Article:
If you measure close to 0 rather than 8-10v on a PP3 and it does not buzz when it should then the pointer may be incorrectly aligned with the switch position or the meter is faulty, however if the buzzer works (pointer correctly aligned) but you do not get a correct battery voltage reading then the the maybe faulty.

 

 

The meter was working inconsistently. I've had it maybe 5 years. I'll try a new one and see. The meter used to make sense. It does measure low voltage stuff like batteries, although inconsistently. When I do higher voltage things using the auto range or setting the appropriate range, it never provides useful information. And DC fluctuates when I do those measurements as well.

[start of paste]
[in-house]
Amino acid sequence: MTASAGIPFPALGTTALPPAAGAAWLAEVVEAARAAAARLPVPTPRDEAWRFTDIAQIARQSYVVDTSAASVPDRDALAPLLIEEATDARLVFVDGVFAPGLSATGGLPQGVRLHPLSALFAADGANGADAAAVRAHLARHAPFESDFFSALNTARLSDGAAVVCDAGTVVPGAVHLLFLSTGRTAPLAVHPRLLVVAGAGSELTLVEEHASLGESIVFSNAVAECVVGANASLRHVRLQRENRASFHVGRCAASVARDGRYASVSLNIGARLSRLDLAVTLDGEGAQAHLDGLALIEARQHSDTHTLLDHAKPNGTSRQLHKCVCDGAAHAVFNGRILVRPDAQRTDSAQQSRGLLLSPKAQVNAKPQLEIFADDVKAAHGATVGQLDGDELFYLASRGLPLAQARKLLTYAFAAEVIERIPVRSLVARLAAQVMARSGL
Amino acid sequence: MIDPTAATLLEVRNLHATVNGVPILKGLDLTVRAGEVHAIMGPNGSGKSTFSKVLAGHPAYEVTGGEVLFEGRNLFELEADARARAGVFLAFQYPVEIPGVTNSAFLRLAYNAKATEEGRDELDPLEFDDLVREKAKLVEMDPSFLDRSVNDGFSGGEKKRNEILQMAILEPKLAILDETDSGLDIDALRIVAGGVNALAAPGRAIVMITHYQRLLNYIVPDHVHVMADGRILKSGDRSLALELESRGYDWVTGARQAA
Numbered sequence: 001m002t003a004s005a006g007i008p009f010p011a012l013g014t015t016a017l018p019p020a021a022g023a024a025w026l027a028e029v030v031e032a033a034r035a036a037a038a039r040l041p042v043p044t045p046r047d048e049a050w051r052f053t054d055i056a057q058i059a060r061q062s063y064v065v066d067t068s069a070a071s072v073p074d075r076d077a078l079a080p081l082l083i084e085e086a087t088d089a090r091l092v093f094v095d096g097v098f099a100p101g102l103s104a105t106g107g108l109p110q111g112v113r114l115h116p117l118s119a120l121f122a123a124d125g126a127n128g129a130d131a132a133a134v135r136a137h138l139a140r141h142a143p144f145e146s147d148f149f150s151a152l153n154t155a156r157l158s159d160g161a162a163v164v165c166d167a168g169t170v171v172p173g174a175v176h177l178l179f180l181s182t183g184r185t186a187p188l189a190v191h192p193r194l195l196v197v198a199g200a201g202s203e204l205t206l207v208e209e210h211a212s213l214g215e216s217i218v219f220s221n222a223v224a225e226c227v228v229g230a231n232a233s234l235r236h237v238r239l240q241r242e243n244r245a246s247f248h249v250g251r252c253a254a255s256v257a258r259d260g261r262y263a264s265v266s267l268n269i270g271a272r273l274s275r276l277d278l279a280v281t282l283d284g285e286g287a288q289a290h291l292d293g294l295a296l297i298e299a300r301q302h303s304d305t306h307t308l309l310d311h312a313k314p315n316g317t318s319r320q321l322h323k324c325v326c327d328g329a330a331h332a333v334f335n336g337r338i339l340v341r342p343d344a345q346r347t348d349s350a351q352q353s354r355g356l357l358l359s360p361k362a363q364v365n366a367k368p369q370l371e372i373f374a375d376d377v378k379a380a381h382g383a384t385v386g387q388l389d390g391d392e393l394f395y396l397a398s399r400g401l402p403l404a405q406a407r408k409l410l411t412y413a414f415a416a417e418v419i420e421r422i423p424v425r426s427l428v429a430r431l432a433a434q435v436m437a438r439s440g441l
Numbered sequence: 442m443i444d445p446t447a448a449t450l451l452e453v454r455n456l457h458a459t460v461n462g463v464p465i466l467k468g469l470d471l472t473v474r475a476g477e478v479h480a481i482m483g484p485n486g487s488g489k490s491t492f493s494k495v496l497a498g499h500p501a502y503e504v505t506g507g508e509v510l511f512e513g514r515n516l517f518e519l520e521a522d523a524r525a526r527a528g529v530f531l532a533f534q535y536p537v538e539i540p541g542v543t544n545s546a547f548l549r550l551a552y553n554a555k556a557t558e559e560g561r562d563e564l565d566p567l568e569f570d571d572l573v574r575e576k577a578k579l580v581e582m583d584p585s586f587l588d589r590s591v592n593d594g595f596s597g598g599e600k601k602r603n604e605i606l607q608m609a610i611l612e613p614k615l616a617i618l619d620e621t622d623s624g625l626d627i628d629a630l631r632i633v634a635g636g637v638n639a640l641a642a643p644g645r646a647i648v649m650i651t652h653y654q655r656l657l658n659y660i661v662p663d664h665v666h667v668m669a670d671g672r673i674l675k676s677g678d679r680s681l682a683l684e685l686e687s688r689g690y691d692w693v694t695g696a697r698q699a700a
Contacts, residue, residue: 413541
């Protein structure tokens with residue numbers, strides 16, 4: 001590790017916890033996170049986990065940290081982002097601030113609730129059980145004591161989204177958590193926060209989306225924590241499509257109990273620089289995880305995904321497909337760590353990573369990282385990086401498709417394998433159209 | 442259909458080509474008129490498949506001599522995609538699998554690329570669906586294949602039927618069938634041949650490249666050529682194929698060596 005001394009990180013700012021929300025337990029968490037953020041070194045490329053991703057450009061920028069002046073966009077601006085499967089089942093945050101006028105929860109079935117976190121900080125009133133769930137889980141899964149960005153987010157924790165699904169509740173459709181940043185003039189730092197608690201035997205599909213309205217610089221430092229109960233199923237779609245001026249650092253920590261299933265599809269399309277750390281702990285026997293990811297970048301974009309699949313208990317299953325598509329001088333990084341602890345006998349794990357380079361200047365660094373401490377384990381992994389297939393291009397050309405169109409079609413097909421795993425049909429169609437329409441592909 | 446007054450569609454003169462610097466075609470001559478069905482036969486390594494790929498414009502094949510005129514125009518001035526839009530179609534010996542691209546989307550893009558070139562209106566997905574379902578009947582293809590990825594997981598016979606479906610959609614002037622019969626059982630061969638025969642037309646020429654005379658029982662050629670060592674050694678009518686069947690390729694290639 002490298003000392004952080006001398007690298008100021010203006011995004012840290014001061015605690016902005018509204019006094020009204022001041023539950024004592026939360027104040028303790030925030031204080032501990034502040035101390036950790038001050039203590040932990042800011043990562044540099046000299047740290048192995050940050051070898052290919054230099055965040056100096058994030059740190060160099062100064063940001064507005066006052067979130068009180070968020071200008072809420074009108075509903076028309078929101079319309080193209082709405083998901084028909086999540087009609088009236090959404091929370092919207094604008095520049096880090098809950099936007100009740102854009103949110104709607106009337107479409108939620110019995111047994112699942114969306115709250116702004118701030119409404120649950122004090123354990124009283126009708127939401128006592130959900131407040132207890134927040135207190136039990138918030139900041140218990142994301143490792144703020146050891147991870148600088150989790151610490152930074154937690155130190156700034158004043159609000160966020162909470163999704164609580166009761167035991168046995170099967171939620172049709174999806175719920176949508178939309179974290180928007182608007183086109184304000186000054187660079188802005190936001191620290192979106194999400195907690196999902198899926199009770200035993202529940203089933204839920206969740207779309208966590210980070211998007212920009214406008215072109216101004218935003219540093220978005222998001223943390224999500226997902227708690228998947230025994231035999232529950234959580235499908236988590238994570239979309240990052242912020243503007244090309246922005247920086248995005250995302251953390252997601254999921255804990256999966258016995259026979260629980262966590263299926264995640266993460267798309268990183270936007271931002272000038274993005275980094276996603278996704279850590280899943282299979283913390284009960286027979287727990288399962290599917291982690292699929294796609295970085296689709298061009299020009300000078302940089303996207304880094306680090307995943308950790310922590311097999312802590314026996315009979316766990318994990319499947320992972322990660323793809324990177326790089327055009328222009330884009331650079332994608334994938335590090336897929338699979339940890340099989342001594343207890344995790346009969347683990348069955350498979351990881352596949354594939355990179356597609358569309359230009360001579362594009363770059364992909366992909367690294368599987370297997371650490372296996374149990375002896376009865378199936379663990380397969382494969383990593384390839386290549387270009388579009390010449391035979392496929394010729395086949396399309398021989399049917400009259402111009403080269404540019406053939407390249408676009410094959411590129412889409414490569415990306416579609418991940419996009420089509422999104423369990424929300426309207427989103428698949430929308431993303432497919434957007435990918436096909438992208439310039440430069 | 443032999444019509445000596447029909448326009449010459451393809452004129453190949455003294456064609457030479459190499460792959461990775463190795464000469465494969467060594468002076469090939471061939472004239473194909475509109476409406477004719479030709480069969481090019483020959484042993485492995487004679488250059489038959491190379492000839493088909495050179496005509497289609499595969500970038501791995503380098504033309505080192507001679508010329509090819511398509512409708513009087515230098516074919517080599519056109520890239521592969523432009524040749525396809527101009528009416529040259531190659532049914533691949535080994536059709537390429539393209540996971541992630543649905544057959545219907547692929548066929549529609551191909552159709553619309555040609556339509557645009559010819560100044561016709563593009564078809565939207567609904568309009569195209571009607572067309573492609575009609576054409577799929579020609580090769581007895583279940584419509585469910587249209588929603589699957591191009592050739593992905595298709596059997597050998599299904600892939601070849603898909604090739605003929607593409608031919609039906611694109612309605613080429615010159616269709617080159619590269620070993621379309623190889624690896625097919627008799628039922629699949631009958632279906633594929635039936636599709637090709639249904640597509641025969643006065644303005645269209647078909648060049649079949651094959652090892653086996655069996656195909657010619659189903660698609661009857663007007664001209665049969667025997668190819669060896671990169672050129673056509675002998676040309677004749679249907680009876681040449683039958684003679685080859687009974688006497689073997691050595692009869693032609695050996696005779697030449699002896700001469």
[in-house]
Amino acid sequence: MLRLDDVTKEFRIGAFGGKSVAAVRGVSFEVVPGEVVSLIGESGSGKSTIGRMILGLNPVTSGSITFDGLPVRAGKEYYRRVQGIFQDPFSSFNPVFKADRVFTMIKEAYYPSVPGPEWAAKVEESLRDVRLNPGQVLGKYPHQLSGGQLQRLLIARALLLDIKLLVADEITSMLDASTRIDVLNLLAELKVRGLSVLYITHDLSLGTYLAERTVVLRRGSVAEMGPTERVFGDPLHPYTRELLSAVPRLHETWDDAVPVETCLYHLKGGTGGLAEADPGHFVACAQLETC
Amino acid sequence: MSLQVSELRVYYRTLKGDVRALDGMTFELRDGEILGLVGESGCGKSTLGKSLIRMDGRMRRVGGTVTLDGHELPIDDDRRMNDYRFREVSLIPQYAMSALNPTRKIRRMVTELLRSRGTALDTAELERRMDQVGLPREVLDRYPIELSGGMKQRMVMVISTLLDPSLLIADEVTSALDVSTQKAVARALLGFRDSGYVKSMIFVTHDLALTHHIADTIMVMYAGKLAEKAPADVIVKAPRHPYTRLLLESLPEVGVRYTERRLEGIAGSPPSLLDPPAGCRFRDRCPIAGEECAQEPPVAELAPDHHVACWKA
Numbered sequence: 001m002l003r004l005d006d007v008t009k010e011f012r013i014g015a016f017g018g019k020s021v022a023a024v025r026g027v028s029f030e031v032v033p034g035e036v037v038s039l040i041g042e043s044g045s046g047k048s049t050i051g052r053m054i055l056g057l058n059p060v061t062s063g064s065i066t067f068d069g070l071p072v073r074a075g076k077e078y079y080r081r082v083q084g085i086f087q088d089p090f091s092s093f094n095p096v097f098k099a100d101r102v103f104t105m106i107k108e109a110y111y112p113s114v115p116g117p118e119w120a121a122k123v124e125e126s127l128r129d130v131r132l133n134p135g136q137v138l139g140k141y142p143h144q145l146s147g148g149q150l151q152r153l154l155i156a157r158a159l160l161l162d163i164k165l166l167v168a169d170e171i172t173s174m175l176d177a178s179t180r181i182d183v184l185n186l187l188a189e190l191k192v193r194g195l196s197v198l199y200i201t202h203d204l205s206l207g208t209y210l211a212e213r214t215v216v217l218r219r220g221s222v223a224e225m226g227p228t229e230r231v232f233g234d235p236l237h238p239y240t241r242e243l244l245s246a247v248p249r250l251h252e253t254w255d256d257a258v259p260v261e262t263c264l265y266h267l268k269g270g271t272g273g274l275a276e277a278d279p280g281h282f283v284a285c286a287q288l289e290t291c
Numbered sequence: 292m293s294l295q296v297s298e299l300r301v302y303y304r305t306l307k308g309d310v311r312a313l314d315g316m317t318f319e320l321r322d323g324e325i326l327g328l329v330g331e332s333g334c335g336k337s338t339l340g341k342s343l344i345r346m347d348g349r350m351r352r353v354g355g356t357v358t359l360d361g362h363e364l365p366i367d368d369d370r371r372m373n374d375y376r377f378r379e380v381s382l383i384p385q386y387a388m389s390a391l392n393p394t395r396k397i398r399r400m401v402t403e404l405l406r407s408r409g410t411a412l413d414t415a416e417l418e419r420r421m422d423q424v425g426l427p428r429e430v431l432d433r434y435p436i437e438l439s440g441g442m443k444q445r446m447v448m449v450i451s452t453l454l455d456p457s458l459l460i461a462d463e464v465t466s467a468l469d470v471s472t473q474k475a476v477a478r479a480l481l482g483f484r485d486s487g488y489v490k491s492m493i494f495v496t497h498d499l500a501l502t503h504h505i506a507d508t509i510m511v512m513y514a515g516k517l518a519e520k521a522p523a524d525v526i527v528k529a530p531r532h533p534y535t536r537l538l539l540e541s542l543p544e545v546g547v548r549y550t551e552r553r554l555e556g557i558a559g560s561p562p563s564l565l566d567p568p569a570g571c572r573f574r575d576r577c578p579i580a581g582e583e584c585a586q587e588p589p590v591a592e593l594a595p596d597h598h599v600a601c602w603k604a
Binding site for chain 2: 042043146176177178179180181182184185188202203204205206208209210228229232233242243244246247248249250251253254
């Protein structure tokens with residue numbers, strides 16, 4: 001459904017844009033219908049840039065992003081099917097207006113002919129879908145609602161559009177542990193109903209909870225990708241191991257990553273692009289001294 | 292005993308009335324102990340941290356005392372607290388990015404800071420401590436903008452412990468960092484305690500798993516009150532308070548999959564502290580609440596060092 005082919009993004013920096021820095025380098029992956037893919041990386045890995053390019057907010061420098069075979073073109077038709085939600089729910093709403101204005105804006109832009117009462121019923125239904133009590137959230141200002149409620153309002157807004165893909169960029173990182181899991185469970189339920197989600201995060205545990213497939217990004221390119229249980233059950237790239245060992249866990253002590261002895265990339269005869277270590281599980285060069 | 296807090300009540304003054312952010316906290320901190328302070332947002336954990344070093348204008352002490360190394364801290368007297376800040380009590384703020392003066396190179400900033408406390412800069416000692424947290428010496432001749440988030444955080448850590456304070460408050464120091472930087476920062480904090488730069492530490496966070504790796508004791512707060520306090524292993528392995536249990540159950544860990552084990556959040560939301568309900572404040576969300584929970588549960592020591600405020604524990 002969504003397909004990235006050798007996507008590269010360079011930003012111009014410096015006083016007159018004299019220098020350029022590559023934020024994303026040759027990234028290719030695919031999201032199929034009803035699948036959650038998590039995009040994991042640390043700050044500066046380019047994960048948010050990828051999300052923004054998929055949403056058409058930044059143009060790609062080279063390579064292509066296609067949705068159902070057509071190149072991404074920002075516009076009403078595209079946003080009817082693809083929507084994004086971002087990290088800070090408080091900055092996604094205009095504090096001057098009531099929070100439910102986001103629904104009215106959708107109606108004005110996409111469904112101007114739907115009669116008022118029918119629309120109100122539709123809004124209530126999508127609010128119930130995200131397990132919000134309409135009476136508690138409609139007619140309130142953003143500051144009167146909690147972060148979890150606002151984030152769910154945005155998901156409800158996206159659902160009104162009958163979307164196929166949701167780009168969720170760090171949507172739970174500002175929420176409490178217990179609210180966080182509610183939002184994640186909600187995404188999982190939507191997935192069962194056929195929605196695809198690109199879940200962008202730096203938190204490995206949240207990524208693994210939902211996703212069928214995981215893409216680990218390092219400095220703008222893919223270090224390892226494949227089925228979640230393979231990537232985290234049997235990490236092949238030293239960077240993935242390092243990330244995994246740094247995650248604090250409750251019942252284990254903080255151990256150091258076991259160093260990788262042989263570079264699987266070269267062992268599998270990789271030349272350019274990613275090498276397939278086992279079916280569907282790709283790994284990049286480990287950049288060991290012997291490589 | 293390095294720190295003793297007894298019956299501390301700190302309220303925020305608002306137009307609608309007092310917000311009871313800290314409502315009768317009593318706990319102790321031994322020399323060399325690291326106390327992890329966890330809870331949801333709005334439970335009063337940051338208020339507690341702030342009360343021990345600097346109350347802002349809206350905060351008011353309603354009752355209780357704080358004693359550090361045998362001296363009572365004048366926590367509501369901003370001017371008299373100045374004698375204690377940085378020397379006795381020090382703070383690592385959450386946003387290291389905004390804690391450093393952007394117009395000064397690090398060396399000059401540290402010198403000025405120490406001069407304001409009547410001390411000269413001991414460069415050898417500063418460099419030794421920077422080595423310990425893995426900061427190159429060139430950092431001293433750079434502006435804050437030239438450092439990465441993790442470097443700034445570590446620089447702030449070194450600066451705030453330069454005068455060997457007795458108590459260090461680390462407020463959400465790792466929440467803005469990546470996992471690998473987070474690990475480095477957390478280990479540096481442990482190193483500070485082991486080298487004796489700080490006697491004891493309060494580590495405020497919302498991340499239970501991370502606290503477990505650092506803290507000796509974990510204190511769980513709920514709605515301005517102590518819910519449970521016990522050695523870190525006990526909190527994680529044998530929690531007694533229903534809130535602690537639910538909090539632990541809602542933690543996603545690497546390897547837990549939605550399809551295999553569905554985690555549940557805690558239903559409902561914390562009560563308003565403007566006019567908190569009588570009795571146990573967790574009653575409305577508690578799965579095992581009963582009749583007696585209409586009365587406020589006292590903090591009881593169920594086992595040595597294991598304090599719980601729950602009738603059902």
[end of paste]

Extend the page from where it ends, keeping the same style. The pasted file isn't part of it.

I have two 9v 500mA power supplies I was using for testing 2600s. Both output the same using my funky meter. Both work to power up a console. I don't think the power supply is the issue. Of course, anything is possible.

 

Thanks again for your thoughts. I'll post more as I make progress.

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Like Banquo said above, I’ve had this happen on a few 6 switchers and it’s likely the hex buffer (CD4050) that’s failed. There was a workaround that you can use to verify and you could leave it like that or just replace the chip.

 

 

Sent from my iPhone using Tapatalk

Edited by jc13
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Measure voltage between pins 6 & 8 of the controller port (controller disconnected)...

 

If you measure close to 5V then....

 

So I did get nearly 5V from the pin 6-8 connection.